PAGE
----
Snath f arobmi ? Henry Mi.bt'.s?on, TVinas l.yneh, Chrif
topher (iadsden, John KuU?i|t. Edward Ktitle ge.
Mr. BOW DON. I woulJ inquire of the gentleman
from Ohio whether he calls that the Constitution
of the Union ?
Mr.CAMPUKLL. I will with pleasure inform
the honorable gentleman from Alabama. It is not
the last Constitution of the Union, hut higher evidence
to prove the point I muke, which is, that
the Provinces formed their first Union, among other
things, to cluck the progress of slavery ! The gentleman
from Alabama, on the other side of the Hall,
[Mr. I\ue,| the other day spoke of the Continental
Congress, and of the Declaration of Independence,
as a production from that august body of patriots,
called for by the pressure of publio opinion from
without. So with this document, which is a declaration
two years older than the Declaration of
Independence itself. The outside pressure of public
opinion on the subject of slavery, expressed at
the various primary meetings of the people themselves,
some of which I have referred to, required,
as a preliminary step to the contemplated resistance,
a solemn pledge that slavery should go no
further, and it must be borne in mtnd that these
fathers carried with them the same spirit and the
same design when they subsequently entered into
more formal articles, passed the Ordinance of 17S7, I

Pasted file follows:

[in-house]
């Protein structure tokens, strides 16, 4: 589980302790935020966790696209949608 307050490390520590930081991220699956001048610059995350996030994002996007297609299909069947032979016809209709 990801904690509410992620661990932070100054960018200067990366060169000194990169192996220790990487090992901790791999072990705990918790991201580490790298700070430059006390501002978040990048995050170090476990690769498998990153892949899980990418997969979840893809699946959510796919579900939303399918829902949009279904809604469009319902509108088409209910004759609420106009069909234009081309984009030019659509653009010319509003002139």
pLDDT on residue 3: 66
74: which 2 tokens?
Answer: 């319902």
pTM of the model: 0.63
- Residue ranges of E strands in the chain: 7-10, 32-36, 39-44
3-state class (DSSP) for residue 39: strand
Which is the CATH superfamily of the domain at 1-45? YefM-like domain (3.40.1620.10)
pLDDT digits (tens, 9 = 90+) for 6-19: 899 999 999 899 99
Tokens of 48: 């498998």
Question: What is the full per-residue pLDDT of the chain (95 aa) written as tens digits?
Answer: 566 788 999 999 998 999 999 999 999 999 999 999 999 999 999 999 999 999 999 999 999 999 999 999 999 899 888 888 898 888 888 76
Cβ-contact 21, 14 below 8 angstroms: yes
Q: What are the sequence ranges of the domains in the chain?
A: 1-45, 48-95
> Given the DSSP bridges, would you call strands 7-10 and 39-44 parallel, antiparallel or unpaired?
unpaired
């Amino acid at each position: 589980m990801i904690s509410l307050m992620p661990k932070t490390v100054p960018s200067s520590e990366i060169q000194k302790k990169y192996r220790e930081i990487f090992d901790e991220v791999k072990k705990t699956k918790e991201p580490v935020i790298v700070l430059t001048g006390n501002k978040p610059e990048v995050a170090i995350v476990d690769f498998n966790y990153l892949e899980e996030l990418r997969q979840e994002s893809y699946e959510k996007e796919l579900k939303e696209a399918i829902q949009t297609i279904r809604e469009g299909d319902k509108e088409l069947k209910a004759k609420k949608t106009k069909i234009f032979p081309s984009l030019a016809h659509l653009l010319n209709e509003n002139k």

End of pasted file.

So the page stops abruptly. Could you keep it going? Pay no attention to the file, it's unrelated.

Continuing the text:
and formed our present Constitution.
Georgia was not represented in the Continental
Congress, as you will observe. The reasons which
prevented a representation 1 need not detail. Still
the patriots of that province in that good old time,
unlike her misguided but no doubt sincere Representatives
on this floor, were determined not to be
behind the other colonies in their efforts to secure
to themselves, and to extend to those In slavery the
blessings of freedom.
Georgia proclaimed her sentiments on the 12th
of January, 177ft, after the adjournment of the
Continental Congress, (page 11 'tfi)
" We, therefore, tlie KeereseuTHtives cf the rxtenNire
Diarict of Oarieei, in tha colony of Georgia, having now
as?embled in CongTeas, by authority ami free choice of the
inhabitant* of said 1'ialfiol, now freed from their letter*, do
"?> 'To show the world that we are not influenced by any
contracted or inlesesteti motives, Imt ? generut philanthropy
for all mankind, of whatever climate, langvuge, or rum
pleriun, we bereliy declare our disapprobation and abhorrence
of the unnatural jwa tu* of elarery in America^(howerer
the uncultirete<l slate of our country,or other ipeciout argunients
may pleail for it,) a practice founded in injustice ami
cruelty, and highly itangerous to our liberties, (as well *a
lire*,tdebasmg part of our fellow-creatures below men, and
corrvfill- g the virtut and moral* of the rest, and is laying
the basis of that liberty we contend for, (and which we pray
the Almighty to continue to the latest nosterity,) upon a rery
wrong foundation. We, therefore Resalee, at ull times to
uf our utmost enden rot t for the manumission of our stares
in this colouy, upon the most safe and equitable footing for
the master and thennelves."
Such was the action?these were the sentiments
upon this question of moml and political right,
when the foundation of our great superstructure
was laid, and which was subsequently cemented
with the blood of our heroic ancestors.
Sir, I have offered the testimony exclusively
Southern, not of Northern proviuces. I would that
we oould but summon here those veterans to give
us with a living voice their opinions just as they